By Michael Hughes
The new word for innovation
When IIE first hauled the gentleman on the left out of the gutter of daily newspapers and gave me shelter, sometimes I wondered if I was in a foreign land.
It wasn’t quite like dropping back into southeastern Turkey or rural Syria. After all, staff members here at IIE world headquarters do speak a fair bit of traditional American English. But lean, Six Sigma, 5S and other terms might as well have been Greek – Koiné Greek at that. Throw in the real Japanese words, etymological gems like kaizen, gemba and jidotka, and you have a real mish-mash.
But, as they say in the southern United States, they’ve learned me. Nowadays I can converse with genuine, real live IEs for at least a couple of hours before I get lost. Sometimes.
Still, the learning process continues. New words, methodologies, tweaks to old process improvement routines and the never-ending parade of acronyms keep me researching and asking questions.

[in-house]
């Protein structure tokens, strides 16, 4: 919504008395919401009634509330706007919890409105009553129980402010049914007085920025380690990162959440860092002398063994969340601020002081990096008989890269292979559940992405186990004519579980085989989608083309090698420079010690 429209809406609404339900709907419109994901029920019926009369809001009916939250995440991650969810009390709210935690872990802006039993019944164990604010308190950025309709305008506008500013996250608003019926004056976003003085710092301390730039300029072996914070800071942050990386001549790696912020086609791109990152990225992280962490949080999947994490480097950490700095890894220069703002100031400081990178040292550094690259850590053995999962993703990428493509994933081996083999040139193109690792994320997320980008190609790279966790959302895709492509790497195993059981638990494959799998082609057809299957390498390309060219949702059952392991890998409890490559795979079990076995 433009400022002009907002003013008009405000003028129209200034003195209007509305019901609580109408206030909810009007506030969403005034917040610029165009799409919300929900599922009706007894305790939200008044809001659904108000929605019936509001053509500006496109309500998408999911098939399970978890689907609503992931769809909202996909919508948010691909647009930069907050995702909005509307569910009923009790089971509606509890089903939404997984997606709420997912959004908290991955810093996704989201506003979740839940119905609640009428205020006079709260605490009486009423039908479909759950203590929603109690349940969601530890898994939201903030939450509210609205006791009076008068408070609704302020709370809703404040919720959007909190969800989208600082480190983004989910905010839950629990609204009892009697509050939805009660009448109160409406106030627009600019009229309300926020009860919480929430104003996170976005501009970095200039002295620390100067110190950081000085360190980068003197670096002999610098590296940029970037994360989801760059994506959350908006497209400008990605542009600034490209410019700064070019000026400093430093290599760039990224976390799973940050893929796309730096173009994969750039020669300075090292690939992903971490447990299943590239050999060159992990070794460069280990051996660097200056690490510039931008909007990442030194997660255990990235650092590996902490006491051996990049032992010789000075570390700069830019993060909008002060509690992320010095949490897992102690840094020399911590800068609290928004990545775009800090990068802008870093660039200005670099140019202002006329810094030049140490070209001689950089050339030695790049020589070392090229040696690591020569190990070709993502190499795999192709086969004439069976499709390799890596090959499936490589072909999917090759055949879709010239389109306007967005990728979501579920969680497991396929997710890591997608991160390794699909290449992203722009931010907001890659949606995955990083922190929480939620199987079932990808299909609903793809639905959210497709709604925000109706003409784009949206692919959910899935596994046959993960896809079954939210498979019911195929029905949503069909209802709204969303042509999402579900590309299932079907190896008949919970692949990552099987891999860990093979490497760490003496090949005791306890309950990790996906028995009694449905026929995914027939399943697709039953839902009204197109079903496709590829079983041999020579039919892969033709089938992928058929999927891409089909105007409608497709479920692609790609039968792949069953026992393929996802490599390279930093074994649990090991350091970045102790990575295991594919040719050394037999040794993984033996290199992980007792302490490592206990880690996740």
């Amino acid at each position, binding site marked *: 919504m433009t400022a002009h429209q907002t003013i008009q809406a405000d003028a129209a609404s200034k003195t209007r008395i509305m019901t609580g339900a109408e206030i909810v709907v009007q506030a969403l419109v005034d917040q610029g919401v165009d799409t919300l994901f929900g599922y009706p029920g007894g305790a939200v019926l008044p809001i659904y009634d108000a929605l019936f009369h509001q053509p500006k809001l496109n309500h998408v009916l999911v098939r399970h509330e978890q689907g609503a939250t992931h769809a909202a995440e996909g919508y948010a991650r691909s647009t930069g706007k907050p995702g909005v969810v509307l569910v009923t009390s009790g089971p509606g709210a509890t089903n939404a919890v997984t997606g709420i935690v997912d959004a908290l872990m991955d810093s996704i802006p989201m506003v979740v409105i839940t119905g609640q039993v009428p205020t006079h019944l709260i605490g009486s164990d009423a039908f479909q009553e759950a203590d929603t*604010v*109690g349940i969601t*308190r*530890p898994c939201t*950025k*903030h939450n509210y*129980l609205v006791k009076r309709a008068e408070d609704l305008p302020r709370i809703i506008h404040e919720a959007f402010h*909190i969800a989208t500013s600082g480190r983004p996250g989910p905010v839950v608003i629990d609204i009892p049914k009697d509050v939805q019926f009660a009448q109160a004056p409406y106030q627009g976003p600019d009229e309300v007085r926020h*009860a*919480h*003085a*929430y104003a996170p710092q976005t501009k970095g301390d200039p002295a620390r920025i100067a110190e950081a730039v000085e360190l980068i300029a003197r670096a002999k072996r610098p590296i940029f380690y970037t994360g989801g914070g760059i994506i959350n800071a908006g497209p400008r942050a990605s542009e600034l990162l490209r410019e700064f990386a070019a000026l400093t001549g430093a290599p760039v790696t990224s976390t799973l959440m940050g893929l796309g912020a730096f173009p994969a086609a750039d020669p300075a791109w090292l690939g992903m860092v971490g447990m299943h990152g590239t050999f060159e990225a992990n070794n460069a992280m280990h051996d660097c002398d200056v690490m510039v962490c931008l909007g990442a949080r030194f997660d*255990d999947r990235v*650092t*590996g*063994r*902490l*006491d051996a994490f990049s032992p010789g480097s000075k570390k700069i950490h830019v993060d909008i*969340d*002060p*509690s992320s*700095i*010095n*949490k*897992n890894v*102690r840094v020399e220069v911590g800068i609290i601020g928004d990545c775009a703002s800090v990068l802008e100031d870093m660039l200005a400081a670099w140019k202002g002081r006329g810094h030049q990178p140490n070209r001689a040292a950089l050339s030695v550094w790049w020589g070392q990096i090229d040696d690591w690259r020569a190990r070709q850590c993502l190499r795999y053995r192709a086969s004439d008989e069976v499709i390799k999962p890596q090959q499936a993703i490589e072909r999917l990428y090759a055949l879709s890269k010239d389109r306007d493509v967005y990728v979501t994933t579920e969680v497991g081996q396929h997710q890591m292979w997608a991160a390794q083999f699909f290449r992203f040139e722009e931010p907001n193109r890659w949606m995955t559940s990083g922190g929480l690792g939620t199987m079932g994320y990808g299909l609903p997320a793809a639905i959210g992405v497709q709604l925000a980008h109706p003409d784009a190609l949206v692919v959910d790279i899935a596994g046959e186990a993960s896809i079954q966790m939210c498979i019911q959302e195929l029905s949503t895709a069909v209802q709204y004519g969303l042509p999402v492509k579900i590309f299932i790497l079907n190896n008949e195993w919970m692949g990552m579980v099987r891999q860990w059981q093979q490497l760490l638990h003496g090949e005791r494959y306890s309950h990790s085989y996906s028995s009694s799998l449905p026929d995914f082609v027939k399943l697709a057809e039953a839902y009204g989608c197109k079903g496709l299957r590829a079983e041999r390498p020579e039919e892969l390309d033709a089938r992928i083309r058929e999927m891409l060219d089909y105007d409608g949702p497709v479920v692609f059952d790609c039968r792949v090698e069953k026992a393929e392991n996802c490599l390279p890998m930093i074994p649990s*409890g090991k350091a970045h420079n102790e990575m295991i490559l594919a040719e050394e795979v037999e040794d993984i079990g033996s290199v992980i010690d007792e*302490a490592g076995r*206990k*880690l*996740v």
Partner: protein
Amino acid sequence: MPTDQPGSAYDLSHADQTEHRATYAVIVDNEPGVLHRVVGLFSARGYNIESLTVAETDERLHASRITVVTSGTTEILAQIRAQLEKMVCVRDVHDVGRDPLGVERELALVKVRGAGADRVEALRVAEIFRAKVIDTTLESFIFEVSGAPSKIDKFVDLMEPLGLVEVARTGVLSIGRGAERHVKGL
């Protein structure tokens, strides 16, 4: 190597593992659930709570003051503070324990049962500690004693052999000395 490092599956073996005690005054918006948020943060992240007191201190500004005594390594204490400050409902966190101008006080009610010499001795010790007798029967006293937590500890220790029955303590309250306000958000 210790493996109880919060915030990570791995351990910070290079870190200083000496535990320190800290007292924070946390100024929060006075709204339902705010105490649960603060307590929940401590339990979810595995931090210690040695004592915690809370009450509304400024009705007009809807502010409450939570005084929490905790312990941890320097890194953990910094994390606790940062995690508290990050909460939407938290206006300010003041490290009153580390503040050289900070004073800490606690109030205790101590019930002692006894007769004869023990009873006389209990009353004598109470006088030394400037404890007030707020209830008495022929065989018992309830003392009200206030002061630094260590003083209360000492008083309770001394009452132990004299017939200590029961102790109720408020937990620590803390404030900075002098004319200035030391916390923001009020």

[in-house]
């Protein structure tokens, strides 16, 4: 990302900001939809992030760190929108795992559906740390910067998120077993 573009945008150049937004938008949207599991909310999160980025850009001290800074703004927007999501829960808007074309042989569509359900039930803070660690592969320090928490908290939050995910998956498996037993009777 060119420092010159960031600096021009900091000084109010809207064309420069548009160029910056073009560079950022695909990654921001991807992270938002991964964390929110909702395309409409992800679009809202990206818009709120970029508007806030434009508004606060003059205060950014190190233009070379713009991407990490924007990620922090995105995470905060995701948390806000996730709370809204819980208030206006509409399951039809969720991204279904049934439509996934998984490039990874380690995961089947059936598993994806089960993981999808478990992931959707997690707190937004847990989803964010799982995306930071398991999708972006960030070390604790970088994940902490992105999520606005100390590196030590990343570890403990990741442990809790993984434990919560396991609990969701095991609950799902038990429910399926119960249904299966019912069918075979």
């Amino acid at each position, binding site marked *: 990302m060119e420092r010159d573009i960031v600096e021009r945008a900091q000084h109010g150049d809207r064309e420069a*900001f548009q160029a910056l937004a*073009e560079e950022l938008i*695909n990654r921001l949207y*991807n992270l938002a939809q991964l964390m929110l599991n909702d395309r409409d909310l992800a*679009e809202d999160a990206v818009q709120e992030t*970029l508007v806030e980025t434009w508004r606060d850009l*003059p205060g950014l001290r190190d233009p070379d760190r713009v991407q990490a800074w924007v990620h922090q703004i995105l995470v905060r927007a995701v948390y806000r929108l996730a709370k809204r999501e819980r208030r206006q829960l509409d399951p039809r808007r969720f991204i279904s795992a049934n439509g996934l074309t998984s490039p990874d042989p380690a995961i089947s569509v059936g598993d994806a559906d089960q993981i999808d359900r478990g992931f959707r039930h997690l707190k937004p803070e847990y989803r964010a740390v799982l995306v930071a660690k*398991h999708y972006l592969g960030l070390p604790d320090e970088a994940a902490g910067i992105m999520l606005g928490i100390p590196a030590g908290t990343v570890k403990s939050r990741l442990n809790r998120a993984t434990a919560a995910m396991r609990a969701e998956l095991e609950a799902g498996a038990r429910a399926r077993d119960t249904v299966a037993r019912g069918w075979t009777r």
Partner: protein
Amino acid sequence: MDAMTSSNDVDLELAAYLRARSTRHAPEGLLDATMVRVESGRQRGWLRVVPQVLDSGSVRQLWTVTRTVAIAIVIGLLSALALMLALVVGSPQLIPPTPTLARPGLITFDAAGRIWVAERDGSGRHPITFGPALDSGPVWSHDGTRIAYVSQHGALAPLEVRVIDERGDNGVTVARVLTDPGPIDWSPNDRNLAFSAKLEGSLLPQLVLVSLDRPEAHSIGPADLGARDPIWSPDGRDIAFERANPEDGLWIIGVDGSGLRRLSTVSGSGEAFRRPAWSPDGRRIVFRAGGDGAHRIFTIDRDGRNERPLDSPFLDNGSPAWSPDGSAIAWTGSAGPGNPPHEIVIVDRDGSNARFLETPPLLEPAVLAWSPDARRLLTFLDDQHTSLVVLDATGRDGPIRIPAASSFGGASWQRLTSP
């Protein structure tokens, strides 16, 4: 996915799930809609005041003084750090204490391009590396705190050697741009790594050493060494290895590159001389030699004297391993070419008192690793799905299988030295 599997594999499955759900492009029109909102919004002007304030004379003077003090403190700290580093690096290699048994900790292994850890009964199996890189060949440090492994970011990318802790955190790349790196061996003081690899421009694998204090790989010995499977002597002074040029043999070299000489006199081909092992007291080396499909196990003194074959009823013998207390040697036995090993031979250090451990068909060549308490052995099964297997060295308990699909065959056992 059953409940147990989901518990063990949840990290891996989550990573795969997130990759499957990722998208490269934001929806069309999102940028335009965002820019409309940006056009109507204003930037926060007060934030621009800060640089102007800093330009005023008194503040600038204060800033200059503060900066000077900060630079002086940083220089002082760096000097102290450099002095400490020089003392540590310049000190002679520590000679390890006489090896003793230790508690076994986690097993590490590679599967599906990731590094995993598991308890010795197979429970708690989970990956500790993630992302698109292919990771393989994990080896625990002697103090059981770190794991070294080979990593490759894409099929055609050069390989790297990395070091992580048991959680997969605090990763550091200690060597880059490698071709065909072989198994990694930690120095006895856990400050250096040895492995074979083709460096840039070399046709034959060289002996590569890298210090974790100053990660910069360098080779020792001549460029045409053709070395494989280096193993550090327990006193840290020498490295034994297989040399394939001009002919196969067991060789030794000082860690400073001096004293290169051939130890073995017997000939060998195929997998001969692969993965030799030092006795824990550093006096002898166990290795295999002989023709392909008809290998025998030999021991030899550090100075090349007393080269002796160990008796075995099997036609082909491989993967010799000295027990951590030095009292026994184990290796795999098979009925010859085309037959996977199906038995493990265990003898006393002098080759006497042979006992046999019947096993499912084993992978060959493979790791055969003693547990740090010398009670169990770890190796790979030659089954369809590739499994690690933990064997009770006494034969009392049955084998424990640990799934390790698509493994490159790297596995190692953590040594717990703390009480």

This month, my new favorite word is kata. You guessed it – it’s from the Japanese. In our cover story, Conrad Soltero relates how he was influenced by Mike Rother’s Toyota Kata, published in 2009. To Soltero, value stream maps, identifying impediments to flow, conducting kaizen events and other lean tools always had been a series of improvements, not genuine continual improvement.
On the other hand, kata choreographs the practice of daily improvement to cultivate the lean mind. One corporate example is Google, which allows its engineers to spend 20 percent of their time at work developing innovative ideas.
Interestingly, 50 percent of the Internet search giant’s products derive from that 20 percent work rule. Google’s early October market capitalization of $249.5 billion topped Microsoft, and it was the world’s second largest technology company behind Apple, according to The Wall Street Journal.
Soltero’s “Rediscovering the Kata Way,” which starts on Page 28, refines the improvement kata into an innovation kata, offering ways for you to generate, study, and reject or develop new ideas. So take a look. Perhaps you'll find the kata way to innovative, explosive growth.
Michael Hughes is managing editor of IIE. Reach him at email@example.com or (770) 349-1110.